Minneapolis (CNN) - Might President Obama and Democrats have a tough time rallying their supporters in the 2012 elections?
If responses from a gathering of progressives in Minneapolis is any indication, the answer may be yes.
On Friday, two of the president's most vocal political cheerleaders tried to rally supporters at the liberal Netroots Nation two-day conference. While the crowd was surely friendly, it was not entirely enthused.
"Good afternoon Netroots Nation," said Democratic National Committee Chairwoman Debbie Wasserman Schultz upon taking the podium amid positive – if not rousing – applause. "It is absolutely fabulous to be with you."
Wasserman Schultz heaped praise on the progressive activists for their work in the last election.
"Thank you so much. As a progressive, I personally thank you so much," she said. Then, receiving only scant applause to the pep-rally line, the DNC chair clapped on her own and remarked, "I'll applaud for you."
To be sure, scattered cheers did pierce moments of silence as Wasserman Schultz served up anti-Republican red meat.
The DNC chair outlined part of her party's 2012 electoral strategy, which will include firing up grassroots supporters, ramping up their online efforts, retaining and recruiting volunteers and staff in all 50 states, and pushing consistent messages against Republicans.
"Republicans continue to tout the same failed policies. They're saying cutting taxes for the wealthy and allowing business to self-regulate again is a silver bullet for the economy….Because that worked out so well for us in the last few years, didn't it?" Wasserman Schultz said.
At one point, she touted Democrat Kathy Hochul's win of a long-held Republican seat in New York's 26th Congressional district.
That election, Wasserman Schultz said to applause, sent the message that GOP "extreme plans to end Medicare and slash Medicaid and investments in healthcare, education, innovation and job creation are just plain unpopular."
Meanwhile, at an earlier session, a progressive interviewer grilled another Obama booster as activists offered several chilly responses.
White House Communications Director Dan Pfeiffer spoke to the gathering in a question-and-answer session with Kaili Joy Gray, a blogger for the liberal DailyKos.
On entitlements, Joy Gray read a question sent via Twitter: "What are the absolute lines you will not cross while negotiating with the GOP regarding Medicare and Social Security?"
"On Social Security, the president will do nothing that will slash benefits, privatize the program or change the nature of the program," Pfeiffer responded. "And on Medicaid, the same thing is true with Medicare."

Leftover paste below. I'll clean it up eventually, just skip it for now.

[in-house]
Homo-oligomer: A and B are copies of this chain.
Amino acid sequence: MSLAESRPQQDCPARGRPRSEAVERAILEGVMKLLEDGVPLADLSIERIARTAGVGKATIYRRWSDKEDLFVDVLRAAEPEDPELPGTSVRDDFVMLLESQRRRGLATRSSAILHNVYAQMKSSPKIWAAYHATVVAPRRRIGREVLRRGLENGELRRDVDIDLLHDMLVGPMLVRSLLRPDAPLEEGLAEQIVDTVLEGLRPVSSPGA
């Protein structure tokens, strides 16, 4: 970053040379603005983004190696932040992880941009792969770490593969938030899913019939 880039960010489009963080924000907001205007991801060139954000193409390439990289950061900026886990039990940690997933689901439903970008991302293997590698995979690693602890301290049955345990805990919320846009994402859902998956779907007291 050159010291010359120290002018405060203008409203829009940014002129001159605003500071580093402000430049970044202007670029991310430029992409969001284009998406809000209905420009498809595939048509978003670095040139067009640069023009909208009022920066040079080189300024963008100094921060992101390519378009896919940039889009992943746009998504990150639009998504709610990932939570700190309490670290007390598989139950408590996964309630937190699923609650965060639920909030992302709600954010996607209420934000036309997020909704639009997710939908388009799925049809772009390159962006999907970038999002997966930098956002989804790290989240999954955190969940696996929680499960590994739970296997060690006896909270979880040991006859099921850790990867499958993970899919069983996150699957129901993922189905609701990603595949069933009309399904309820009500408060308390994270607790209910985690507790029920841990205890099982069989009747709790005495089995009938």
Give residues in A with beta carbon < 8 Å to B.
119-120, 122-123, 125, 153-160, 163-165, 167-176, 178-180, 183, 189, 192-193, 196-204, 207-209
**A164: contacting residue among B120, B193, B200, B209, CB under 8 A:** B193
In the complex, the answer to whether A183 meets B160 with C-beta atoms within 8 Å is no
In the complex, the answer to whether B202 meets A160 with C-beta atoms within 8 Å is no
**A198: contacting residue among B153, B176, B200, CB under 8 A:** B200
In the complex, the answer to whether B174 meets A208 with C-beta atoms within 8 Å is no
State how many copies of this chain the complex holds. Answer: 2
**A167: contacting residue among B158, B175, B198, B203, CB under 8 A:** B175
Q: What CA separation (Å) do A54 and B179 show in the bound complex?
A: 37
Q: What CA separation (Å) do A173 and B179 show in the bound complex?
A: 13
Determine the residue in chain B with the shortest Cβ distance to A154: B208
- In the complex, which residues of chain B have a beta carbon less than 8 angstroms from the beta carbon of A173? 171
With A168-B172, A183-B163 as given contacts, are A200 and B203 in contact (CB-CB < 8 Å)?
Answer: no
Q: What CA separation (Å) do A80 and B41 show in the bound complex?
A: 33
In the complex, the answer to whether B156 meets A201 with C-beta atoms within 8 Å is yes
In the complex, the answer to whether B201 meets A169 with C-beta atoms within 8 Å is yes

Pfeiffer added: "He is absolutely 100-percent opposed to anything in 100-mile radius of what the Republicans and [Wisconsin Rep.] Paul Ryan have put forward."
On bi-partisanship, Joy Gray commented: "A concern a lot of people have about compromising is that sometimes it means betraying very fundamental values of the Democratic Party." She listed the president's deal with Republicans over extending the Bush tax cuts – an action that angered many liberals but one that Pfeiffer defended as necessary.
On the Afghanistan conflict, Joy Gray asked to loud applause: "What will it take to get through to the White House that we want the war ended?"
Part of Pfeiffer's response: "You'll hear an announcement in the coming weeks about the size and scope of that transition. How we'll begin withdrawing troops."
On President Obama's stance against gay marriage stance, Joy Gray asked: "If he doesn't manage to evolve to most of where the country is now heading on this issue before 2012, why should gays and lesbians vote for him?" Again, the crowd loudly applauded.
"I think because this president has been the most progressive president on these issues we've ever had," Pfeiffer responded.
On union strikes in Wisconsin: "Why didn't President Obama put on his walking shoes and go to Wisconsin to support the workers like he promised he would do in the 2008 campaign?" Joy Gray asked.
As the crowd lit up, Pfeiffer responded that the president was very supportive of the worker efforts.
Then a voice in the crowd shouted: "Answer the question!"
Pfeiffer's response: "When he's in Wisconsin, I'm sure he'll support them."
And then, a telling and somewhat tense moment that may crystallize progressive frustration with the president:
Joy Gray said: "I think everyone in this room understands its worse when we have a Republican in the White House. It's worse when we've got a Republican [House] Speaker. It's worse when they're in charge."
She continued: "But a lot of people feel really disappointed about where the president has been on issues and on representing true, fundamental Democratic Party issues. And I think they're all going to vote Democrat…we understand the importance of making sure that Democrats are in power. But they might not turn out in the same way that they did in 2008. Some people are saying, 'I'll show up on Election Day. But I'm not going to knock on doors. I'm not going to make phone calls. I'm not going to donate money. So, do you need us?"
"Absolutely," Pfeiffer responded.
"And what's in it for us in a second term?" Joy Gray shot back to loud applause.
"There is much that has been accomplished in the first two-and-a-half years. And as the president said the other night – the work is not done," Pfeiffer responded.
Follow Shannon Travis on Twitter: @ShanTravisCNN